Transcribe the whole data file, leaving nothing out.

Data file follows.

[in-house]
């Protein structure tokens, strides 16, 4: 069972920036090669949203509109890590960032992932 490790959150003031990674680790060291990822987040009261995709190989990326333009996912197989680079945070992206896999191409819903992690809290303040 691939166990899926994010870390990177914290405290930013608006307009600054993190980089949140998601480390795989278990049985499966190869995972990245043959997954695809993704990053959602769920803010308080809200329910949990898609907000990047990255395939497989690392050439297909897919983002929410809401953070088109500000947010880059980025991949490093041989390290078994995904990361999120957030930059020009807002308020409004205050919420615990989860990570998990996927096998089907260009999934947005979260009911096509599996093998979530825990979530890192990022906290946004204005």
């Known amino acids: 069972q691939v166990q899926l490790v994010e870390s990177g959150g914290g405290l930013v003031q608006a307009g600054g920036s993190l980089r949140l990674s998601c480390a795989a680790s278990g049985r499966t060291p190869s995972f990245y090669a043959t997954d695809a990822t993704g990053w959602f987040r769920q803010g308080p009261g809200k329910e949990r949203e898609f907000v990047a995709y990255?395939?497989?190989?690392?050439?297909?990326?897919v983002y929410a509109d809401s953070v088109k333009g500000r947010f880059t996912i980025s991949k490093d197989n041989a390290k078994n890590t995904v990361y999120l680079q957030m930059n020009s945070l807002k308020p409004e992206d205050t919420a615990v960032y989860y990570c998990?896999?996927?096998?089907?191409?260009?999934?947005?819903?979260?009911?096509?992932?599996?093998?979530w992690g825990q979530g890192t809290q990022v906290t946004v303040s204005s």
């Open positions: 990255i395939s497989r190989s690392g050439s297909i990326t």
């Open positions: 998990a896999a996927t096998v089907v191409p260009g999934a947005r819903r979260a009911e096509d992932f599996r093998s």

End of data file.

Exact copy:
[in-house]
């Protein structure tokens, strides 16, 4: 069972920036090669949203509109890590960032992932 490790959150003031990674680790060291990822987040009261995709190989990326333009996912197989680079945070992206896999191409819903992690809290303040 691939166990899926994010870390990177914290405290930013608006307009600054993190980089949140998601480390795989278990049985499966190869995972990245043959997954695809993704990053959602769920803010308080809200329910949990898609907000990047990255395939497989690392050439297909897919983002929410809401953070088109500000947010880059980025991949490093041989390290078994995904990361999120957030930059020009807002308020409004205050919420615990989860990570998990996927096998089907260009999934947005979260009911096509599996093998979530825990979530890192990022906290946004204005």
């Known amino acids: 069972q691939v166990q899926l490790v994010e870390s990177g959150g914290g405290l930013v003031q608006a307009g600054g920036s993190l980089r949140l990674s998601c480390a795989a680790s278990g049985r499966t060291p190869s995972f990245y090669a043959t997954d695809a990822t993704g990053w959602f987040r769920q803010g308080p009261g809200k329910e949990r949203e898609f907000v990047a995709y990255?395939?497989?190989?690392?050439?297909?990326?897919v983002y929410a509109d809401s953070v088109k333009g500000r947010f880059t996912i980025s991949k490093d197989n041989a390290k078994n890590t995904v990361y999120l680079q957030m930059n020009s945070l807002k308020p409004e992206d205050t919420a615990v960032y989860y990570c998990?896999?996927?096998?089907?191409?260009?999934?947005?819903?979260?009911?096509?992932?599996?093998?979530w992690g825990q979530g890192t809290q990022v906290t946004v303040s204005s």
């Open positions: 990255i395939s497989r190989s690392g050439s297909i990326t």
């Open positions: 998990a896999a996927t096998v089907v191409p260009g999934a947005r819903r979260a009911e096509d992932f599996r093998s």